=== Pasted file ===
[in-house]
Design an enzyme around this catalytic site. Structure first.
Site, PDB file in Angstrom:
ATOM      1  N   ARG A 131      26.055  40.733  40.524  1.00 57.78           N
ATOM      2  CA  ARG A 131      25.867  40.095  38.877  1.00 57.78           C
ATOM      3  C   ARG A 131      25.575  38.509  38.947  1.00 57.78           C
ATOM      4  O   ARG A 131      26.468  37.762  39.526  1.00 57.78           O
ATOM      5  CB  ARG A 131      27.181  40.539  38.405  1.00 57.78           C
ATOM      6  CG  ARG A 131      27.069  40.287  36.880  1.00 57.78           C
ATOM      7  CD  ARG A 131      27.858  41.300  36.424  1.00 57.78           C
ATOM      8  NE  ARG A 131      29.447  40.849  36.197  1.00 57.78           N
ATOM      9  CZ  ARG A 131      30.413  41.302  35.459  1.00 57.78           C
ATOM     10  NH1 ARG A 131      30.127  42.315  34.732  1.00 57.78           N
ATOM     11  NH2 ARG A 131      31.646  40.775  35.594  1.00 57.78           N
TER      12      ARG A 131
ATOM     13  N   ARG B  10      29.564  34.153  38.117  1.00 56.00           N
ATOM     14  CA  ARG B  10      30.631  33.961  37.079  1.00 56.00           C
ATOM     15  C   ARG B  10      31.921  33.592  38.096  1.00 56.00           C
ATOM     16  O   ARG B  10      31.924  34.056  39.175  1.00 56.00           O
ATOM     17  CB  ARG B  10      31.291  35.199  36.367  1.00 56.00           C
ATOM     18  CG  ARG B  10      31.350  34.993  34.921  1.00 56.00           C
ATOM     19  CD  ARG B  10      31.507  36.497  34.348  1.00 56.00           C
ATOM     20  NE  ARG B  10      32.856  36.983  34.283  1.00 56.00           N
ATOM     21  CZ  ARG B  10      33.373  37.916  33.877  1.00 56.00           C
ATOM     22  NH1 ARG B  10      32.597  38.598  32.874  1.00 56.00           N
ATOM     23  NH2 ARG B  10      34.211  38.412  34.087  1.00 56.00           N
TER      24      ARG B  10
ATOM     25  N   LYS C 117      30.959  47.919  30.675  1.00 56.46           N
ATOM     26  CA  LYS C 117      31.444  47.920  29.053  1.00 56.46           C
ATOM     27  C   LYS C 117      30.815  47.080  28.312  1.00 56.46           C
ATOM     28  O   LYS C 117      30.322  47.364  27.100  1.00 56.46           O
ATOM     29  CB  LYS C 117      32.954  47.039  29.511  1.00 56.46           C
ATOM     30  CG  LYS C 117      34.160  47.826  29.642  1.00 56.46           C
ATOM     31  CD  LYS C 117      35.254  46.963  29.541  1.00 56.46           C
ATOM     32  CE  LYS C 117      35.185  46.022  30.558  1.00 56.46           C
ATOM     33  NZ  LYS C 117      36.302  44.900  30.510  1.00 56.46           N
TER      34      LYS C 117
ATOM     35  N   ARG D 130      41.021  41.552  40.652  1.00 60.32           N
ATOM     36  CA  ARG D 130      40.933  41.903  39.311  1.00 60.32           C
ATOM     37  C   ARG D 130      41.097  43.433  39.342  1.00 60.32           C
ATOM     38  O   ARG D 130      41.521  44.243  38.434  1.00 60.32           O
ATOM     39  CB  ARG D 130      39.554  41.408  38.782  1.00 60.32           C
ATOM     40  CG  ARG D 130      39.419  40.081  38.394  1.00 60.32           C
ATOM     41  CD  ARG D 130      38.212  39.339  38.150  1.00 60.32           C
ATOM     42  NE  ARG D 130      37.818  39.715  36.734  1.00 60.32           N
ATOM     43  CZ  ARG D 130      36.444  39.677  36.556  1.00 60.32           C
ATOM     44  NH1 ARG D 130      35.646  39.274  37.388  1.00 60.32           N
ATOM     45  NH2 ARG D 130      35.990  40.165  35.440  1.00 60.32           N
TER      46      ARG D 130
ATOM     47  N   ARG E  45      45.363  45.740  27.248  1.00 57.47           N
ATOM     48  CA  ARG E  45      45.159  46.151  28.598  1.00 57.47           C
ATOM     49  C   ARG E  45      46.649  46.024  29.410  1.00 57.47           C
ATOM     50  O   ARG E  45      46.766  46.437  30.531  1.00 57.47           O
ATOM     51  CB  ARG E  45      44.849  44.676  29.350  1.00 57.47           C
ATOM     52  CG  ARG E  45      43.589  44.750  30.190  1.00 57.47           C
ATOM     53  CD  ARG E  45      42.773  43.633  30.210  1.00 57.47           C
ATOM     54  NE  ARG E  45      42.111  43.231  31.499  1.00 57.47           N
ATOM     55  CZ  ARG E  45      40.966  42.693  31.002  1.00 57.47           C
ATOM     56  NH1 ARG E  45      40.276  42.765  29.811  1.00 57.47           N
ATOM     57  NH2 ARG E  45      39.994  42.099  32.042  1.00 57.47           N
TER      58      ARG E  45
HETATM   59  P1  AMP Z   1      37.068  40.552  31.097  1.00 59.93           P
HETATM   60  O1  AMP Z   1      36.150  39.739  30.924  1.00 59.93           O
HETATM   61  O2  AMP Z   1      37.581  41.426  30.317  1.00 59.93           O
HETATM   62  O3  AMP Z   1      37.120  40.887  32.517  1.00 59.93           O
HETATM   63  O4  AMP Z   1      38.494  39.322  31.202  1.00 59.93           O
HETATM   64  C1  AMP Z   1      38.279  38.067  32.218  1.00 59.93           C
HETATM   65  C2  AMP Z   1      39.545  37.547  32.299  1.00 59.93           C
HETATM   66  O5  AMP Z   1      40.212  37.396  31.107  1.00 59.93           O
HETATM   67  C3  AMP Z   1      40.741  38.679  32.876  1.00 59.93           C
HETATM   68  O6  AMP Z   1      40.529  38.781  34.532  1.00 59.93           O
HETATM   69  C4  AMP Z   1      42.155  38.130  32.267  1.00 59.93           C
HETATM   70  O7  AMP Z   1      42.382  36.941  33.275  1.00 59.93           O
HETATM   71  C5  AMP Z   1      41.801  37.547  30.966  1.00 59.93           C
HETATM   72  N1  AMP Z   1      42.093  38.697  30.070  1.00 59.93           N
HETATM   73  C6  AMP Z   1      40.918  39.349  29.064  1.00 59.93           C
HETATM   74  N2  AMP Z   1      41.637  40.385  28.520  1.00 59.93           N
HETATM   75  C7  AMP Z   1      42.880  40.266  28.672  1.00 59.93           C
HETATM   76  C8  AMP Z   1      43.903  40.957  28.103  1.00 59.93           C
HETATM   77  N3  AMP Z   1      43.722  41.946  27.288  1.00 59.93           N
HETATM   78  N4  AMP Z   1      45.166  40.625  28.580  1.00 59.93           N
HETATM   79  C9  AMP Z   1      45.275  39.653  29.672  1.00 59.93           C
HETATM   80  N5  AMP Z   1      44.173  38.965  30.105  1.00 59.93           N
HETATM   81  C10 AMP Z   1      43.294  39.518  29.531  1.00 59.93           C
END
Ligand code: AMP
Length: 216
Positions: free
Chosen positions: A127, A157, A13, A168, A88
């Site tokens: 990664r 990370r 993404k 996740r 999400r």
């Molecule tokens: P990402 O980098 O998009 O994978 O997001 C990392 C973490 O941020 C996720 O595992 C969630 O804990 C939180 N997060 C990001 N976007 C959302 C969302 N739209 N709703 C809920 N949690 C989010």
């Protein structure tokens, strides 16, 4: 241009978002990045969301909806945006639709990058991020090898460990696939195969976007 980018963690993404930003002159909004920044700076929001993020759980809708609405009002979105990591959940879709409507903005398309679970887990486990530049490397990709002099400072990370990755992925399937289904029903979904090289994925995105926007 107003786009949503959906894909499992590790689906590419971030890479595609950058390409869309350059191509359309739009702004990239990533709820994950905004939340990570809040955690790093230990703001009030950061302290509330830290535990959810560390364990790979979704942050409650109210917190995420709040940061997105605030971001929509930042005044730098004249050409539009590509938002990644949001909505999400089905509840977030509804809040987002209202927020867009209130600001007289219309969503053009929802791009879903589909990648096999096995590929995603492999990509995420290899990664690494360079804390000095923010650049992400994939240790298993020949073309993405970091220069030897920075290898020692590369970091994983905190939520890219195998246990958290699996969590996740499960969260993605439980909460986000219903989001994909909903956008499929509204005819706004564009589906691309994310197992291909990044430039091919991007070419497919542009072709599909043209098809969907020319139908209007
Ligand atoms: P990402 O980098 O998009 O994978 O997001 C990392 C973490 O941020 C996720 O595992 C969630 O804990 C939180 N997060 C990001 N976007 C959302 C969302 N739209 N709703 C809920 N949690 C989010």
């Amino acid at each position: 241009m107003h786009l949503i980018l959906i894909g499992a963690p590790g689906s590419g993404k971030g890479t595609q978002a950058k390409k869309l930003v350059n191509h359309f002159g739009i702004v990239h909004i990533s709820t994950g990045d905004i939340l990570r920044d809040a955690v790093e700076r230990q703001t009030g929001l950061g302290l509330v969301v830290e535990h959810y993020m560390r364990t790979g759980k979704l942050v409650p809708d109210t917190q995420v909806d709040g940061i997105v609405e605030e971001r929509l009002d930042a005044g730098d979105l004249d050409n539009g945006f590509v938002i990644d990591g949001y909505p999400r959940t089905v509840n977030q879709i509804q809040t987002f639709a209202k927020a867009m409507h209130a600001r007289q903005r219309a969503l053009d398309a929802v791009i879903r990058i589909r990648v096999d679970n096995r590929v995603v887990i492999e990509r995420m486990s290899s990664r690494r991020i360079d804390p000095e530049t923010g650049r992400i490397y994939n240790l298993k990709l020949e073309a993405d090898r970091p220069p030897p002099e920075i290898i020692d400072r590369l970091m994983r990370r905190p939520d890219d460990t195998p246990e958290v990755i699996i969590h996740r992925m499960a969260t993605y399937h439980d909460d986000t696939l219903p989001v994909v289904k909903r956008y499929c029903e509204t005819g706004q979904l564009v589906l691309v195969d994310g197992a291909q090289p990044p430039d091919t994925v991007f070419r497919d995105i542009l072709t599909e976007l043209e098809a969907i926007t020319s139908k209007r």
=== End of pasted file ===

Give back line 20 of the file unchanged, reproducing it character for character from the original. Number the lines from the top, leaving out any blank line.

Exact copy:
ATOM     17  CB  ARG B  10      31.291  35.199  36.367  1.00 56.00           C